Bob’s illustrious shooting career spanned over 6 decades and saw him compete and win against the best on the provincial, national, and international stages.  Bob qualified for the Canadian Bisley Team over 40 times and won the Grand Aggregate at the NRA UK Imperial Meeting in 1965. A multiple time Canadian Target Rifle Champion, Bob also captained both the Canadian Palma and Canadian Bisley teams and was a past President of the BC Rifle Assoc. 

Bob is an inductee of the DCRA, PEI, and Canadian Armed Forces Sports Hall of Fame and has been listed in the BCRA Scroll of Marksmen on multiple occasions. In recent years, Bob became well known internationally as the oldest athlete to ever compete in the Commonwealth Games when at the age of 79 he represented Canada in Fullbore Target Rifle shooting at the Gold Coast Games in Australia in 2018.

Bob was not only a tremendously talented and dedicated shooter, but he also gave generously of his time to support marksmanship, ranging from commanding his local cadet corps to mentoring his fellow Target Rifle competitors.  He was a tremendous supporter of the BCRA Under25 program and worked tirelessly to help grow and develop new shooters through the BCRA and Mission Rod & Gun Club.

We’ll miss all of his amazing stories and that smile that would light up the room.  Bob was a fierce competitor, a loyal friend, and a true gentleman.  Our thoughts are with his family and friends from around the world.  We are greatly diminished.

DCRA Hall of Fame:  Robert "Bob" Pitcairn

Bob Pitcairn is one of the most successful shooters in our history.  He has qualified for the Bisley Team a record 41 times.  He has won the Canadian Fullbore Rifle Championship once and has been third once.  He took the Governor General’s Prize twice and came third twice.  He took the Grand Aggregate on one occasion and was second once.  At Bisley, he won the Grand Aggregate in 1965 and came second in 1981.  He has made the Queen’s Prize Final eleven times and has been in the top 50 of the Grand Aggregate five times.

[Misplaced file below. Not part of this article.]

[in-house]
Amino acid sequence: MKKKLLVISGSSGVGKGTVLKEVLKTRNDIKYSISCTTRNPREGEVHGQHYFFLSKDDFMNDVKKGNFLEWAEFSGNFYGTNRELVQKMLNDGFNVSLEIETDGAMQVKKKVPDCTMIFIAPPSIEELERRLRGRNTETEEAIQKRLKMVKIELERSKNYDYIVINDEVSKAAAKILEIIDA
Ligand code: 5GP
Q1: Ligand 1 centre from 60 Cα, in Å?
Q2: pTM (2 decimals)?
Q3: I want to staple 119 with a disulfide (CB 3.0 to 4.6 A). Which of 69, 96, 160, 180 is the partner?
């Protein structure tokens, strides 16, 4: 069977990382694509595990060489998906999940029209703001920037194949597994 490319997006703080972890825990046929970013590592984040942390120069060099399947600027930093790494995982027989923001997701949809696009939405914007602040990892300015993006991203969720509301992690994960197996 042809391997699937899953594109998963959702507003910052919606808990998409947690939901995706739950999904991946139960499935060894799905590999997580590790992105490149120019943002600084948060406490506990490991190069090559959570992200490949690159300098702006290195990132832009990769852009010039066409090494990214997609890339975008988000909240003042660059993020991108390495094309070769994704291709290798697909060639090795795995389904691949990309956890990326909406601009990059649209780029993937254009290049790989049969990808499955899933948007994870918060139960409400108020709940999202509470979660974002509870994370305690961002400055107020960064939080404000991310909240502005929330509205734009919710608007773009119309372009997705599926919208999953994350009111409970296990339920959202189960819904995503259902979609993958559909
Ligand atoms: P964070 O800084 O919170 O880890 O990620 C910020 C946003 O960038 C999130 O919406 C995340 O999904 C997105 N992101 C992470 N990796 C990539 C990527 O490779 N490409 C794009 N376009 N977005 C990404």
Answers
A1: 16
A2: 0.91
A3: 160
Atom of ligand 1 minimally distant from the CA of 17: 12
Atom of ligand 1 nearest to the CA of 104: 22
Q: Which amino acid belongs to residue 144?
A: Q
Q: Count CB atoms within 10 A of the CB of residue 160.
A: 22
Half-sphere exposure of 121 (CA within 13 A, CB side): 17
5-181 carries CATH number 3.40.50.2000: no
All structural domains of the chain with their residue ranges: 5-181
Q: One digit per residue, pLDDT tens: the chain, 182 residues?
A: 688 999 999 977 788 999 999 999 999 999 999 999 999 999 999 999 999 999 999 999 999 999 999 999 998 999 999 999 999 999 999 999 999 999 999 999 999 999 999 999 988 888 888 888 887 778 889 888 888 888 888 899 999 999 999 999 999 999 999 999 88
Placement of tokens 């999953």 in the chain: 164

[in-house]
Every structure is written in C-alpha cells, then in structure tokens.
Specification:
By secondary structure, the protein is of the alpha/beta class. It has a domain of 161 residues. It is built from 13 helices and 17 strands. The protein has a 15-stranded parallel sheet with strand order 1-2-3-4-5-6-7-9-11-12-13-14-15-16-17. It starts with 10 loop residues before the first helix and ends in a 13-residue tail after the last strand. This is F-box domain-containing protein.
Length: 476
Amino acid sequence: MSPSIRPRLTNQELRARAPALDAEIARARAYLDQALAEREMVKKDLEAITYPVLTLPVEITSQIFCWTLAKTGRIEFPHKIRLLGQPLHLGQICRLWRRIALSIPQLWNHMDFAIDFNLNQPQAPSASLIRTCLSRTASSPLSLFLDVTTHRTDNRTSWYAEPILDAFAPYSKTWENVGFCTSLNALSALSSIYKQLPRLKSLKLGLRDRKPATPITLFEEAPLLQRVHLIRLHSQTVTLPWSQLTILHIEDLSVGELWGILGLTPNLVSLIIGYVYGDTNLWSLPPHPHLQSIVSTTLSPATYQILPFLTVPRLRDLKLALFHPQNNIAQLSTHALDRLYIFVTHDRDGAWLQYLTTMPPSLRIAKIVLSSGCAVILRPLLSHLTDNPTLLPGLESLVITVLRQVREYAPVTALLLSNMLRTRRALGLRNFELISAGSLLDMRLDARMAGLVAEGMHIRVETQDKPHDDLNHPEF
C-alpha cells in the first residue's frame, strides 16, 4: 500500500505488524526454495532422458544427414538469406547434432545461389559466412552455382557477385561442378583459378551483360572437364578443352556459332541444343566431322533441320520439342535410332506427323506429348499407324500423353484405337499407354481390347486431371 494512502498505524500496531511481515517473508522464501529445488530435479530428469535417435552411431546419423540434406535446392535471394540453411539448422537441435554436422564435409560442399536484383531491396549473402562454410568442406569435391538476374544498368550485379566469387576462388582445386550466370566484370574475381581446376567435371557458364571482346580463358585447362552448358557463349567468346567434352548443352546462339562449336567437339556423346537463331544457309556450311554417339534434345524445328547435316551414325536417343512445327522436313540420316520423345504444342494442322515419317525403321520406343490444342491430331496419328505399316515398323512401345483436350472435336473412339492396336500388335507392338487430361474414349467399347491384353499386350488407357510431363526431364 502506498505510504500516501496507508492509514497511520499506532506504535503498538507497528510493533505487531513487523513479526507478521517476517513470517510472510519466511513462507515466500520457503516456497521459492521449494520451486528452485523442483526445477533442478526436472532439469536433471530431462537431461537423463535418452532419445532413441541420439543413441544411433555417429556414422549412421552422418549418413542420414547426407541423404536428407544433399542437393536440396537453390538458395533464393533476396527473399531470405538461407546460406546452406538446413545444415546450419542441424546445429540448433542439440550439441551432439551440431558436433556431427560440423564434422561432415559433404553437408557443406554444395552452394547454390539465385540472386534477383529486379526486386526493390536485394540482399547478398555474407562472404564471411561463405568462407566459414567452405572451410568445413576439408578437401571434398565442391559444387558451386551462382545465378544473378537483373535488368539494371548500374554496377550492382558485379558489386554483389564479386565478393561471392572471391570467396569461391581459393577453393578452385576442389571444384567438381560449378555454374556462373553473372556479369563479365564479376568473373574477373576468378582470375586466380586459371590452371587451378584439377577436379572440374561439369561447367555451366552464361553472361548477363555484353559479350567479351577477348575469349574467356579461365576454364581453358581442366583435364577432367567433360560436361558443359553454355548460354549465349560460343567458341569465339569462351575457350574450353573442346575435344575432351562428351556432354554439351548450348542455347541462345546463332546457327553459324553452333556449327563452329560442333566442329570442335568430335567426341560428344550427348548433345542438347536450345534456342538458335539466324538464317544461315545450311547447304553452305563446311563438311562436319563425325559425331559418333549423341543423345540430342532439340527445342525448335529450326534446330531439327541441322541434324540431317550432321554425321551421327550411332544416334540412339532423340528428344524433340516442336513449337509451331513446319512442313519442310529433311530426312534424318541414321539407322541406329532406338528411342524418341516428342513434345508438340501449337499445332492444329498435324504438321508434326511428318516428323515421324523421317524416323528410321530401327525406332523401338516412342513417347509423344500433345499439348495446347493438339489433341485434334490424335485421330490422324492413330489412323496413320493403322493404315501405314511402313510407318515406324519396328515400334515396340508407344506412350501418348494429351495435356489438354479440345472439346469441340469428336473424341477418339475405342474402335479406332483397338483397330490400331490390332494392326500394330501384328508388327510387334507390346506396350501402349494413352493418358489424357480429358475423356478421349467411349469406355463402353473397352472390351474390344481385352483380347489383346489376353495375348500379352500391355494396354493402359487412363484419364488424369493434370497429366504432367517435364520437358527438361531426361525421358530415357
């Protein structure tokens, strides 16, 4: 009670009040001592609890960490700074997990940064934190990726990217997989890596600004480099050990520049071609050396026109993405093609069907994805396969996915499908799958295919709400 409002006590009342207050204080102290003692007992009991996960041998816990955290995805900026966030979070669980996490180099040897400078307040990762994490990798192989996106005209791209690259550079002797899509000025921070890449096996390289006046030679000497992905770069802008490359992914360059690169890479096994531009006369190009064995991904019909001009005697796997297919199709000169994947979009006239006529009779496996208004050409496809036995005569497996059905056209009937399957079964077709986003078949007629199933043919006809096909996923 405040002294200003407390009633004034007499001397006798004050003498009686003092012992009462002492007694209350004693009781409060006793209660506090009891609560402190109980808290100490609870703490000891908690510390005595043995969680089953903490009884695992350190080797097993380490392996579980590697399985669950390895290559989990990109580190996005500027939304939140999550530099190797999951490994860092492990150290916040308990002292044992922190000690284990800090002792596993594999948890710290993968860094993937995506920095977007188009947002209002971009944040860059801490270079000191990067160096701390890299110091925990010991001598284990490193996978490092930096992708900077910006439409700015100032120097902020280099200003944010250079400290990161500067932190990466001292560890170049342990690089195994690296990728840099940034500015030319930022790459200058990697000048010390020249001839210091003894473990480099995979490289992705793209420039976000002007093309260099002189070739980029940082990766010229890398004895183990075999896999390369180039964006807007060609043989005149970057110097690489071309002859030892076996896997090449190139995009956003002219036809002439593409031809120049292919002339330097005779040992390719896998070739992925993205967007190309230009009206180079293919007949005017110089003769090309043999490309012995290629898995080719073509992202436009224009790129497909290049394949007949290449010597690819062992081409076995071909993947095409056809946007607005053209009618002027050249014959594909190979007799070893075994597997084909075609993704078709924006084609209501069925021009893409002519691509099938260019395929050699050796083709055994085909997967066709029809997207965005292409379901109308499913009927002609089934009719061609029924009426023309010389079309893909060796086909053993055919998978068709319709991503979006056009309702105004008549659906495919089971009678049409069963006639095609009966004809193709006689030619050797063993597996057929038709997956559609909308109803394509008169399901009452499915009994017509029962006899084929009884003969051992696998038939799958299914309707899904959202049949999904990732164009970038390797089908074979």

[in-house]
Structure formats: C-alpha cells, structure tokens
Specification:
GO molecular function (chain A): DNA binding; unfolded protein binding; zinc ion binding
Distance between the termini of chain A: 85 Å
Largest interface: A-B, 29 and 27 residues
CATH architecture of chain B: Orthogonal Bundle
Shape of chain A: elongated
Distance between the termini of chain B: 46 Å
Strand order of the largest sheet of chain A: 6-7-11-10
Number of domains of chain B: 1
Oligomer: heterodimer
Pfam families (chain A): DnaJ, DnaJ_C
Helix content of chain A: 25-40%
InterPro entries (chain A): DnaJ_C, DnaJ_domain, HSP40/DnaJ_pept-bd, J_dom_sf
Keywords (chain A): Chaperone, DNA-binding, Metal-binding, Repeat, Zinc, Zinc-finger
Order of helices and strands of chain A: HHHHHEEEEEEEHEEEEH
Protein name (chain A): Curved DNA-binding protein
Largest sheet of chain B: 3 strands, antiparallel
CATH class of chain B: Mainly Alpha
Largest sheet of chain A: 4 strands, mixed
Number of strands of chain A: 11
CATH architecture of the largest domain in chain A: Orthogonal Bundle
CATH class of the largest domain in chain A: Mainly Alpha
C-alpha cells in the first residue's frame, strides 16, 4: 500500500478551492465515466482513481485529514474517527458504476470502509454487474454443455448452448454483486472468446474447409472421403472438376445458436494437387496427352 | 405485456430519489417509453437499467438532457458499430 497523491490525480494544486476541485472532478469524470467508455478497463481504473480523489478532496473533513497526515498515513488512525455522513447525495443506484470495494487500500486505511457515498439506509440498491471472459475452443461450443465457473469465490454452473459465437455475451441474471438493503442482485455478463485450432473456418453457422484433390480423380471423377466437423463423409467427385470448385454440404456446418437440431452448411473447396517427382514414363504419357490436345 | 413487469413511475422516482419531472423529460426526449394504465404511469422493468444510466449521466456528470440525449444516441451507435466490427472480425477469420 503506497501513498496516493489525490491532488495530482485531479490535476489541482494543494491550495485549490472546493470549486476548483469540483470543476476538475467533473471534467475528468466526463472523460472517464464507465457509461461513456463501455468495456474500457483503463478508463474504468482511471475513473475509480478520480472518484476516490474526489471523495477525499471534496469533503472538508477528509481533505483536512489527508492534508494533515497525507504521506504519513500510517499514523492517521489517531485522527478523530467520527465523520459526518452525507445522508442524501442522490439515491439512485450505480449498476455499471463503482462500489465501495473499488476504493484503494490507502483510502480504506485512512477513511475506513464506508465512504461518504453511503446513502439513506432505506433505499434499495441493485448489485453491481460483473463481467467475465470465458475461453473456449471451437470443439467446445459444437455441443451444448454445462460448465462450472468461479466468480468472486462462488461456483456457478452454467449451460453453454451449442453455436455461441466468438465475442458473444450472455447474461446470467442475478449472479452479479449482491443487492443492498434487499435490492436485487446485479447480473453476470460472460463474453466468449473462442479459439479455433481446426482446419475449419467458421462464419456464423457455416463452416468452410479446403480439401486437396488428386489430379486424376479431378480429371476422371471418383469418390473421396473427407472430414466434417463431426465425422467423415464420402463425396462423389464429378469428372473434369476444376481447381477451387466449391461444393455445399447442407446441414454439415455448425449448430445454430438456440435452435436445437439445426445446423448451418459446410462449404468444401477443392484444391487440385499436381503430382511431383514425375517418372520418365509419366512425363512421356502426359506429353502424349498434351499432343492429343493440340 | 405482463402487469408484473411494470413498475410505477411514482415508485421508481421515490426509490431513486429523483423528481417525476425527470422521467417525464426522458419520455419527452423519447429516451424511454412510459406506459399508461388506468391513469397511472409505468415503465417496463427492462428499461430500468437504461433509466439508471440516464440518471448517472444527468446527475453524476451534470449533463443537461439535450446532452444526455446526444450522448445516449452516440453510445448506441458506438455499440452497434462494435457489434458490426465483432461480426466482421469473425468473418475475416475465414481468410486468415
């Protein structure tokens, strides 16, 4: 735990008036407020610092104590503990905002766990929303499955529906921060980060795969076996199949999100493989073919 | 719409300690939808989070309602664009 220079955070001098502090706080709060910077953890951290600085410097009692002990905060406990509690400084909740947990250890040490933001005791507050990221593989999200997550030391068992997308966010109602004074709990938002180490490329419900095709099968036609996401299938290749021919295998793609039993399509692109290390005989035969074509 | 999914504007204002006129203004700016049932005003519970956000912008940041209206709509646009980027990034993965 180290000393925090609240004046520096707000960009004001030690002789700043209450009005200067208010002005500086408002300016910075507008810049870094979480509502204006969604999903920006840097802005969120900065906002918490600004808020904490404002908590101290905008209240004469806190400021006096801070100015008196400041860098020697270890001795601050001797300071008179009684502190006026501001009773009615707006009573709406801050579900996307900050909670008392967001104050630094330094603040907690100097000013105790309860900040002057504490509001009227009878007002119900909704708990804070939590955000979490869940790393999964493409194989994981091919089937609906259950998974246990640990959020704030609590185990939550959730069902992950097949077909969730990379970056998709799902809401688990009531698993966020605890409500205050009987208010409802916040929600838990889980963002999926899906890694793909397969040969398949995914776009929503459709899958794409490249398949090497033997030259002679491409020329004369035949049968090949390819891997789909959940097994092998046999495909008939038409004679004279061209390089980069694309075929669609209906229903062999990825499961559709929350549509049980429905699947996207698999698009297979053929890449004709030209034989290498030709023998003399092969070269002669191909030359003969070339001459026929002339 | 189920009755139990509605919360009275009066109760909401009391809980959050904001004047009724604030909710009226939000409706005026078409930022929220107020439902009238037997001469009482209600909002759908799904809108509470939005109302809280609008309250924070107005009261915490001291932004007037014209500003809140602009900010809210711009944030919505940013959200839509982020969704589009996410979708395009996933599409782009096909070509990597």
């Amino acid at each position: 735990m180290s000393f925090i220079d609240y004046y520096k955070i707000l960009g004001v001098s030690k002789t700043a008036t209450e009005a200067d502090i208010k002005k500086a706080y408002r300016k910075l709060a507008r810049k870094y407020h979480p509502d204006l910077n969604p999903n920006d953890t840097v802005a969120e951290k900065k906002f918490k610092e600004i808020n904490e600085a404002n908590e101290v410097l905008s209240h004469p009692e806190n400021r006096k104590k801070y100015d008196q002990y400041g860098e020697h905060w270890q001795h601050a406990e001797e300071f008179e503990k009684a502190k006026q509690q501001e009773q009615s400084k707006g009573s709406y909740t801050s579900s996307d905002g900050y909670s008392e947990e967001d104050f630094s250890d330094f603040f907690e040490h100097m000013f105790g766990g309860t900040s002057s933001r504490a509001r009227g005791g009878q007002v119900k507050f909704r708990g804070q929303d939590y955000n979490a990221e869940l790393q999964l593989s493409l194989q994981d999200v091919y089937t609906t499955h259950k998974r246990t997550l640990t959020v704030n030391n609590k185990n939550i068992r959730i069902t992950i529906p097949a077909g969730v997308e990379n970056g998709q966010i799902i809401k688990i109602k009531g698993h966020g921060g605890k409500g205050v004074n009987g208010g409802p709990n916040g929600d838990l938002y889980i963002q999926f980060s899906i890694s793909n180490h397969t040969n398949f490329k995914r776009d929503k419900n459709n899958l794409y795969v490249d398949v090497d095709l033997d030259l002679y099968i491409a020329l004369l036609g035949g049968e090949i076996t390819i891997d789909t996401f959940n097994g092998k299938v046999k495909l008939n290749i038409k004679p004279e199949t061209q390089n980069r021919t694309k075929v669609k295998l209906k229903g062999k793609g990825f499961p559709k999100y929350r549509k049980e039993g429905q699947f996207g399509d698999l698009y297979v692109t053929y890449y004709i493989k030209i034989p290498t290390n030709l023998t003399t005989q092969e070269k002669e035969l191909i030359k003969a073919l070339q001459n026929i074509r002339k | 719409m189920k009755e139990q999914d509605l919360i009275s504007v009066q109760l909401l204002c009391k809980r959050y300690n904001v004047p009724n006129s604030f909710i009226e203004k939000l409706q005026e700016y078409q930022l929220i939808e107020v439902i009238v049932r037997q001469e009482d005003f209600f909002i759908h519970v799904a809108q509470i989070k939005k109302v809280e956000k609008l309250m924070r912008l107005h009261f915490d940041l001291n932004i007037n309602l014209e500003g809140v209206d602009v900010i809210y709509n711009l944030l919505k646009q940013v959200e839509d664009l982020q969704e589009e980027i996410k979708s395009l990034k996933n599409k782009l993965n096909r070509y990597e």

Naturally yours,

Don PItcairn

I wish to acknowledge that the land on which I live, work and enjoy is the traditional territory of the Semiahmoo First Nation and other Coast Salish Peoples.




Febnruary 29, 2022


Busy Days in the Haze

The Hazelmere Valley in south Surrey is usually a peaceful and tranquil part of south Surrey with plenty of rural farms and green space on either side of the meandering Little Campbell River.  That changed this weekend when this area was under the spotlight for not one but two news stories occurring only miles apart.   Looking at both of these, I found it difficult to decide which one was more important, so instead I thought I would write this TNT on both of them.

South Campbell Heights Rezoning Passed

On Friday the Metro Vancouver board passed the City of Surrey's plan develop the South Campbell Heights area in the Hazelmere valley by a 69-65 vote.  This happened less than a month after the same board defeated this proposed amendment to the 2040 Regional Growth Strategy by a vote of 64-61, sending it back to Metro Vancouver staff for discussion of the concerns raised by Met-Van directors.  At this January 28th meeting, Surrey Mayor Doug McCallum claimed "If you refer it, it gets stopped unconditionally", with other directors believing the vote would stop it for the near future.   Amazingly in less than a month and with minor tweaking it rose like a phoenix from the ashes and was once more presented to the Met-Van board members to allow the zoning on approximately 650 acres of land to be changed from rural to mixed employment.